COLUMN: Look beyond Britney Spears

Jessica Rothschuh

Between the television’s pacifying flicker and the insulating numbness of prescription pills, bombarded by pop culture product, glitzy shopping villages and thousands of advertisements each day, it is easy to lose sight of reality.

Nearly four years of collegiate study have revealed with frightening clarity the obstacles Americans must overcome to develop a connection to the rest of the world and a sense of social responsibility and justice.

A veil of ignorance fits America well. A country constituting only 5 percent of the world’s population but consuming 25 percent of its energy, a country turning its face from genocide in Darfur in favor of Britney Spears’ new beau and baby, a country run by men who do not represent the people they govern – without distractions, this guilt might force us to change the way we live.

Material comfort, political ignorance and social apathy ensure most Americans will remain satisfied knowing and caring little about the rest of the world. The reward of living in the richest country on earth is excess at the expense of the rest.

We concern ourselves with “Survivor” while half the world’s people live on less than $2 a day. President Bush tells us our enemies hate our freedom. But is it our prosperity they hate, or our extravagance and disregard for the people it hurts?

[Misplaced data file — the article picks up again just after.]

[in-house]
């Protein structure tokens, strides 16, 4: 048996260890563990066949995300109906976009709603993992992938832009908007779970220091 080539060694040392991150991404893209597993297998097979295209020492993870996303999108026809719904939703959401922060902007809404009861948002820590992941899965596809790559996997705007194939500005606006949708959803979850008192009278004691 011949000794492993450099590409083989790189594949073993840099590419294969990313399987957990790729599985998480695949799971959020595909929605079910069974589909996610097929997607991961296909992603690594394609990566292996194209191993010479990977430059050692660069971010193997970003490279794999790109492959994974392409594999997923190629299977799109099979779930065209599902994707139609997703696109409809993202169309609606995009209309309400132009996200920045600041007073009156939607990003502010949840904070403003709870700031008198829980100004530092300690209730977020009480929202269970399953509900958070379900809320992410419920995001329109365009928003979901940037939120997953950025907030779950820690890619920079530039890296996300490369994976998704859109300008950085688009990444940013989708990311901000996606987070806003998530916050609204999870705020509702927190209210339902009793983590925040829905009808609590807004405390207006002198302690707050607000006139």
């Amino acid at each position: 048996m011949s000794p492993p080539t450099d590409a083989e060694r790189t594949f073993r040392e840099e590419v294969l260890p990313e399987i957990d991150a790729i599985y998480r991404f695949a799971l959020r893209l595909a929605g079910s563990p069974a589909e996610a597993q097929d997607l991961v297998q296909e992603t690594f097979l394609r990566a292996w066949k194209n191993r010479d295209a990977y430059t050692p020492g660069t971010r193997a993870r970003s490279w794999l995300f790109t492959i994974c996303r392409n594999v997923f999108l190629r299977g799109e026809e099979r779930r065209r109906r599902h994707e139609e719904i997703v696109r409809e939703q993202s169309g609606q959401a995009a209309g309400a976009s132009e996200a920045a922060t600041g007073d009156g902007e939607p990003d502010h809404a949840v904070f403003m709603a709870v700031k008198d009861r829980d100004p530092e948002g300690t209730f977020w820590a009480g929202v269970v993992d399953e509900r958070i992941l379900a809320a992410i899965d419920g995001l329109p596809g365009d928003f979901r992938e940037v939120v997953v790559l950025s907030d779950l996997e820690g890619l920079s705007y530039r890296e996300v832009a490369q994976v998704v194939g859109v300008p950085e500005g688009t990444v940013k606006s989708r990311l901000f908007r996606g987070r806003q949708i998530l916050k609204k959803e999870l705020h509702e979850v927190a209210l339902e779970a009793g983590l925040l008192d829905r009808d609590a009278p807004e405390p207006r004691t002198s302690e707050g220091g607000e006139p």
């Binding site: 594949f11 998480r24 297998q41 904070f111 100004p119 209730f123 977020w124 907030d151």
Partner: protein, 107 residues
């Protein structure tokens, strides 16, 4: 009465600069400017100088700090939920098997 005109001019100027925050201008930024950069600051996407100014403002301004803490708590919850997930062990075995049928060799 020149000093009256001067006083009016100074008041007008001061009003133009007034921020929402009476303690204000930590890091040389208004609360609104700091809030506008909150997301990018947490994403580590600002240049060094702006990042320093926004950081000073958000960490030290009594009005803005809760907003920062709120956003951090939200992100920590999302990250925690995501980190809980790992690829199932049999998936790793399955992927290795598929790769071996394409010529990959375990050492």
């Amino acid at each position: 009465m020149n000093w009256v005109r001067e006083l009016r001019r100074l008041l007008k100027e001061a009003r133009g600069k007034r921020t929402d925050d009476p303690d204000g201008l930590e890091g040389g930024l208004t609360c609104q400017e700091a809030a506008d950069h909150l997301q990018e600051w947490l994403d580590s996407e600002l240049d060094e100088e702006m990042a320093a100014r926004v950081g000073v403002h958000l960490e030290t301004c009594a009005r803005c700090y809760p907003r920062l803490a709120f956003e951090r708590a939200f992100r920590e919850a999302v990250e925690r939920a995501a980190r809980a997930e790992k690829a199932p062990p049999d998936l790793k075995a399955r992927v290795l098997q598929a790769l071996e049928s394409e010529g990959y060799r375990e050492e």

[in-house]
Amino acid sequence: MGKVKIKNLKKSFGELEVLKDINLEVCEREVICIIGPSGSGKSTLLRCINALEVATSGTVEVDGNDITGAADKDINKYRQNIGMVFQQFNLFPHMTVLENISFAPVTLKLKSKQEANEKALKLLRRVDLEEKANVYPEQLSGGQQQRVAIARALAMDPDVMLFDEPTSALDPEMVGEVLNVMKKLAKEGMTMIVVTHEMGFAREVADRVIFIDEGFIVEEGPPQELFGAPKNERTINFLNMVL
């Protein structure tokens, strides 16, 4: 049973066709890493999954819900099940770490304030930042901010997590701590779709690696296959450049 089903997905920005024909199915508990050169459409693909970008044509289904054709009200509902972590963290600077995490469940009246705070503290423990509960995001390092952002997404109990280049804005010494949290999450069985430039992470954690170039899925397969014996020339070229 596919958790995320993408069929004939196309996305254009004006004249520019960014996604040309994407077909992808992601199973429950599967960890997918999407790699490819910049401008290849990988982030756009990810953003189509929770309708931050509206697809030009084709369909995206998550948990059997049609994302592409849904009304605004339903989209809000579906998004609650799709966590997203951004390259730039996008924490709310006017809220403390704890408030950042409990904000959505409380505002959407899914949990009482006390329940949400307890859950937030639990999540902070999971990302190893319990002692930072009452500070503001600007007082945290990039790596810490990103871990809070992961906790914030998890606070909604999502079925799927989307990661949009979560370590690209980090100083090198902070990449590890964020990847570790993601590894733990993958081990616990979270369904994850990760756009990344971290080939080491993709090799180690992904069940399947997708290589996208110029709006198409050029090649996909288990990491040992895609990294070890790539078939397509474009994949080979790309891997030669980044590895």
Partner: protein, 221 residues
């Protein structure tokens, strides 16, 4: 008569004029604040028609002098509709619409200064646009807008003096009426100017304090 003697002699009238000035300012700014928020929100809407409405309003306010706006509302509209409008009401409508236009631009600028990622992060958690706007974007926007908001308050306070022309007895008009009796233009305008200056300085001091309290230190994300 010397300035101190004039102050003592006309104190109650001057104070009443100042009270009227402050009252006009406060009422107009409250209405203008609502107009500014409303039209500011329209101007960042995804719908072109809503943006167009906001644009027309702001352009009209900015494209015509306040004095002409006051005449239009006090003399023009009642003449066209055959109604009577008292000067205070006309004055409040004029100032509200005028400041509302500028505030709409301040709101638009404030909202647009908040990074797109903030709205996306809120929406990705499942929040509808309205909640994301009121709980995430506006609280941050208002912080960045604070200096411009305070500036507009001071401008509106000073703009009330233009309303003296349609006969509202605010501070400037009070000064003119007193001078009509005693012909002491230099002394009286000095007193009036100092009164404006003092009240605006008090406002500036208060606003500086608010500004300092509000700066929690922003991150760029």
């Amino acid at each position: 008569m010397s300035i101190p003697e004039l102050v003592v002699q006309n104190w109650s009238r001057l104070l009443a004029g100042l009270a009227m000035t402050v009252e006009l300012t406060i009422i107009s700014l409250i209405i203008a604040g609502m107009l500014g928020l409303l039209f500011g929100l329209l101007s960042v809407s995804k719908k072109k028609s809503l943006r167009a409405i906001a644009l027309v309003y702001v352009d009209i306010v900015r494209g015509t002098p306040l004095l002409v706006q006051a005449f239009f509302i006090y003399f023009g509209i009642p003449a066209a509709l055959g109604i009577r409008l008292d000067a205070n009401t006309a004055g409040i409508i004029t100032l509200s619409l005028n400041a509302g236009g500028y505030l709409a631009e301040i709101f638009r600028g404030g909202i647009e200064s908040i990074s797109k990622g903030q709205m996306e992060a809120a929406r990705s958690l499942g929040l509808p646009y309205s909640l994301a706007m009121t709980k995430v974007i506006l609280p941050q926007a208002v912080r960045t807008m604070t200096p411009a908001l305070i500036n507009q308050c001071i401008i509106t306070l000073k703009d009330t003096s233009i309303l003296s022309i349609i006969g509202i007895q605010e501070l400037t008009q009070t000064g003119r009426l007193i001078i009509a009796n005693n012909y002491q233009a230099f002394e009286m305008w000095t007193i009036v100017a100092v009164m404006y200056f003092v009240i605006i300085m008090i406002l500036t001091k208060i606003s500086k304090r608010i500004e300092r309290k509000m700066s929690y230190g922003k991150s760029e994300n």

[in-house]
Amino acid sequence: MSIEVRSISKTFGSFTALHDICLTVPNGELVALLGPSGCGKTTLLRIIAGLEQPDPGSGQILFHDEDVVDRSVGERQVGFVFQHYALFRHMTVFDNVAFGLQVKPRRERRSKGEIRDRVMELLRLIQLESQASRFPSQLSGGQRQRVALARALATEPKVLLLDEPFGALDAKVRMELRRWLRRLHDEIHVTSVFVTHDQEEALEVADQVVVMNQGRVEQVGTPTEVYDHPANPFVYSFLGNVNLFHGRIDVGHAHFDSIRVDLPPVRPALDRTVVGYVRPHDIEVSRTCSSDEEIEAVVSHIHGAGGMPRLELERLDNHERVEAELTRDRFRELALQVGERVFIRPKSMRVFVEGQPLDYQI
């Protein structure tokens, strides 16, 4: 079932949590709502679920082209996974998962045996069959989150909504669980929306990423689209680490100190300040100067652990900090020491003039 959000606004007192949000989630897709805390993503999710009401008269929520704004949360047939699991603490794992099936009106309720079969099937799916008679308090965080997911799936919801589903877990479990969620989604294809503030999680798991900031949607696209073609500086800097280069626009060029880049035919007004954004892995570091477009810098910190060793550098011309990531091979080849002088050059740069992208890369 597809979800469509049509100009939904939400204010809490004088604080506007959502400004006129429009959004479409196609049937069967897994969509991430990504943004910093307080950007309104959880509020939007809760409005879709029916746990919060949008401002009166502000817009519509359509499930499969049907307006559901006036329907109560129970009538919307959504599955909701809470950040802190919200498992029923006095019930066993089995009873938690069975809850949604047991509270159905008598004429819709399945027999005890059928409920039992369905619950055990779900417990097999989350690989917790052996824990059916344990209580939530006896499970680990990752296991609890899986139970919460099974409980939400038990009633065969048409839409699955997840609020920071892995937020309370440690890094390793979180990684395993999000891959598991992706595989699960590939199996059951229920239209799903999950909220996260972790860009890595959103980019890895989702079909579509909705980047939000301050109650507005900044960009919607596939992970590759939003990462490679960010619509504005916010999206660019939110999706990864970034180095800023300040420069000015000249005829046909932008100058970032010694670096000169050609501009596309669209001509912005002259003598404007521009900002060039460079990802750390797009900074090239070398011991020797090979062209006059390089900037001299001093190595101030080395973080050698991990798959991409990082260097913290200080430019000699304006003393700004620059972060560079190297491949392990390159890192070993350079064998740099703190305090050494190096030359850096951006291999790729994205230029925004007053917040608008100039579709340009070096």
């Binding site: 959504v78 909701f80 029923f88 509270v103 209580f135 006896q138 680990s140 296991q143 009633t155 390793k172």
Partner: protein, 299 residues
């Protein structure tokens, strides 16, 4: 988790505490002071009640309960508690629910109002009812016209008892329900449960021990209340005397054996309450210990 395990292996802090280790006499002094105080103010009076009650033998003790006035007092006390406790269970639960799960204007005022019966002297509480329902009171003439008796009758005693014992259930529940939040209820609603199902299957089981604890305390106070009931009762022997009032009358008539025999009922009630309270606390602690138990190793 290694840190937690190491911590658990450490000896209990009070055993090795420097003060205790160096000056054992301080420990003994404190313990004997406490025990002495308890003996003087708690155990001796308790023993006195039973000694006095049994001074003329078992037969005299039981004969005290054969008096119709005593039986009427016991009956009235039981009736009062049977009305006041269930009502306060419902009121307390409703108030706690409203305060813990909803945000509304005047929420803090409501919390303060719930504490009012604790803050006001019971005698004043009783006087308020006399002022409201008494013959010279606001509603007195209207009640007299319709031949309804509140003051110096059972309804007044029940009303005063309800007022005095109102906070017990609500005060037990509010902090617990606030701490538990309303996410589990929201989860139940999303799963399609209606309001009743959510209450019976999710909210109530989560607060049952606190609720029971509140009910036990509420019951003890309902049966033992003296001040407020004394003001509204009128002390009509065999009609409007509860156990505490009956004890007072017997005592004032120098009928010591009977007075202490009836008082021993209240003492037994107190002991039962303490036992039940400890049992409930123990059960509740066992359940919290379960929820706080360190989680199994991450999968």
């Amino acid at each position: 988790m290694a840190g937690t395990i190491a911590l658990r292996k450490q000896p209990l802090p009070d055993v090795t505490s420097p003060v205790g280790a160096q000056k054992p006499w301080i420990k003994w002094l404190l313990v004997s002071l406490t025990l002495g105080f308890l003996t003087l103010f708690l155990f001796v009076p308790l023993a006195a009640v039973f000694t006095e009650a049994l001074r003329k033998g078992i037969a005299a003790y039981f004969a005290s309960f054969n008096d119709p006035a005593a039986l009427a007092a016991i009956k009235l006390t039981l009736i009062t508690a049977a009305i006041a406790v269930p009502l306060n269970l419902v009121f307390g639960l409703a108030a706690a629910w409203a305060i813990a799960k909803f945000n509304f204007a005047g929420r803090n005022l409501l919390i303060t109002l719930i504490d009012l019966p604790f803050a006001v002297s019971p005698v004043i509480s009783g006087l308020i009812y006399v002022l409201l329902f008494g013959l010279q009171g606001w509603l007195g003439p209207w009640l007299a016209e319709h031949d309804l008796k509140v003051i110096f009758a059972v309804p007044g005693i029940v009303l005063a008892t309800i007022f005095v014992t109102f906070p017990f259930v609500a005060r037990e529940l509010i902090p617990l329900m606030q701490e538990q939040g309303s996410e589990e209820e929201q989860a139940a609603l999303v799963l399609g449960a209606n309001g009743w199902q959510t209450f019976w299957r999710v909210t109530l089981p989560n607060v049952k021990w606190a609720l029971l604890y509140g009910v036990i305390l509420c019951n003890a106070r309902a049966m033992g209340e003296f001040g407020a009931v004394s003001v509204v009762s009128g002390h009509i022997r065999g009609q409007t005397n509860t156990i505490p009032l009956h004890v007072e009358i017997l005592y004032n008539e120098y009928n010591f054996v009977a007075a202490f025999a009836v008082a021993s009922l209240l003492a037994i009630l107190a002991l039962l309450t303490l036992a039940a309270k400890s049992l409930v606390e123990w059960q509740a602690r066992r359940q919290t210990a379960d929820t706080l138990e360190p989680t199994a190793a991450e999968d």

For a long time, I blamed my ignorance, with some justice, on the public education I received, the billions in advertising dollars spent to keep me a captive audience and a slave to appearances and a national myth of entitlement assuring me I deserve more than my share.

Over 200 years of American isolationism and institutionalized disregard for the environment are overwhelming obstacles to change. But our generation knows this. We can no longer justify our greed with Manifest Destiny or ignorance. The damaging effects of U.S. consumerism on the world and its people are abundant and undeniable. It is our responsibility to create a national policy emphasizing the interconnectedness of humankind and be mindful of the impact of our actions.

It is not unpatriotic or liberal or Communistic to care about the earth and all its people, to see an interconnected human family instead of flags and borders. Americans are just humans who are fortunate enough to have been born in these coordinates. They have a responsibility to live harmoniously with the rest of the world. We cannot live the “American Way” much longer.

Jessica Rothschuh is a graduating magazine journalism major. Contact her at [email protected].